Afghan women’s concerns should be addressed in peace talks

By: Lailuma Noori

It’s been nearly a year since U.S.-Taliban talks renewed hope that a broader Afghan peace process could set the country on the path to end its decades of conflict. Now, as the U.S. and Taliban are potentially on the cusp of a deal, the stakes for Afghan women are particularly high. They fear that their hard-won rights might be a casualty of peace deal, returning the country back to the draconian Taliban era.

In recent years, Afghan women have begun anxiously monitoring news reports for threats to their safety from a new source: a peace deal with the Taliban. The Trump Administration’s launch of negotiations with the Taliban, last year, startled many women in Afghanistan. For more than ten months, talks in Doha, Qatar, took place behind closed doors, women were largely excluded, forced to watch the news each night for snippets and rumored details regarding their future.

Since the U.S.-Taliban talks began more than a year ago, female activists in Kabul and other provinces of the country and their international supporters have mobilized to ensure women’s voices are included in the negotiations. However, significant less attention is paid to the composition of women’s representation.

Women have not experienced the same gains across the country and thus have different experiences and views on peace, extremism, constitutional rights and their broader place in society. It’s largely been in Kabul and other major urban centers where women’s rights have advanced most.

Although the government has appointed women in key positions in different ministries and independent organs, but still they fear of their progress if Taliban join the peace process. Afghan government and President Ghani in particular have time and again assured women that their rights would be preserved in the talks and that on one would be allowed to undermine their role and the achievements made so far.

In Afghanistan’s patriarchal society, women’s rights are often restricted by social norms that privilege men over women. Strict limitations on their public role, and unfair expectations at home, have restricted women to a small sphere in Afghan politics and decision-making. Not surprisingly, a lack of education and security concerns rank high among hurdles that women must overcome before engaging openly and widely in Afghan society. But there is hope. Women have turned toward education, especially the new generation. Women’s role is increasing day by day, which makes them more powerful in the community and workplace.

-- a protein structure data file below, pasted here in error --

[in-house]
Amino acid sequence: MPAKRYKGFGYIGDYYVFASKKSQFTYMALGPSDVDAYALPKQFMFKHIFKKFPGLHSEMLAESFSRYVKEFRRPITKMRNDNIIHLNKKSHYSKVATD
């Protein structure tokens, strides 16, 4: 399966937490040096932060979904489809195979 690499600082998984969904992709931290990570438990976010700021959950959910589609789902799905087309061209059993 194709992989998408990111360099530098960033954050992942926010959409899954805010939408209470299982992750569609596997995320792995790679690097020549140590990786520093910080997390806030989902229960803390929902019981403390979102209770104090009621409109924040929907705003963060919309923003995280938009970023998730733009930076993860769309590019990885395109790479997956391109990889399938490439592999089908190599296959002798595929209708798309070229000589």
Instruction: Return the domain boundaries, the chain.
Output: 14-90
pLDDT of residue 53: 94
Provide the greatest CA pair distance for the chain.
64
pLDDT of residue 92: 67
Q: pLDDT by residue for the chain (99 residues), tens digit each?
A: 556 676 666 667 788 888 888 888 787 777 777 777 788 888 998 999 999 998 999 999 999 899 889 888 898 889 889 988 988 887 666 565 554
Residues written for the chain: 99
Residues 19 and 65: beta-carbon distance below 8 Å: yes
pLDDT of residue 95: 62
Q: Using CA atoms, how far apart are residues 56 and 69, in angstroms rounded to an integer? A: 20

Meanwhile the Taliban leaders have time and again assert that they are not the same group that flogged and stoned women in the nineteen-nineties. They say the Taliban no longer opposes female education. But many Afghans suspect the group is simply paying lip service to the international community. In the country’s conservative rural areas, it would take a colossal shift in culture for the Taliban and for rural men to accept the freedoms that women in cities currently enjoy.

At the least, it would require a peace deal that compels the Taliban to respect these freedoms. Without Afghan women at the table, such terms are unlikely to make it into any peace deal. Although Afghan government has assured that women would be included when the intra-Afghan talks began, but more efforts needed to increase their role and support their freedom when signing the deal with a group that are know for violence against women and gender discrimination.

To preserve women’s gains and block Islamist groups from imposing their view of women’s rights, Afghans negotiating with the Taliban, as well as the international community, must take seriously the red lines set down by Afghan women. It is important to focus simultaneously on women’s right to participate in the process; have their rights protected in any agreement; and ensure that adequate institutional mechanisms and resources are available to implement and uphold the terms of an agreement.

Women’s rights groups and NGOs have played a pivotal role in providing legal, social, economic, educational, health and psychological services to millions of Afghan men and women. A peace agreement must explicitly allow these groups to continue operating without restriction; their staff must be further empowered and protected from persecution and unjust treatment in the name of Sharia or local traditions.

If an end to the conflict is the genuine goal of the warring parties and their backers, they will respond to women’s demands and place women at the center, not the margins, of their efforts.

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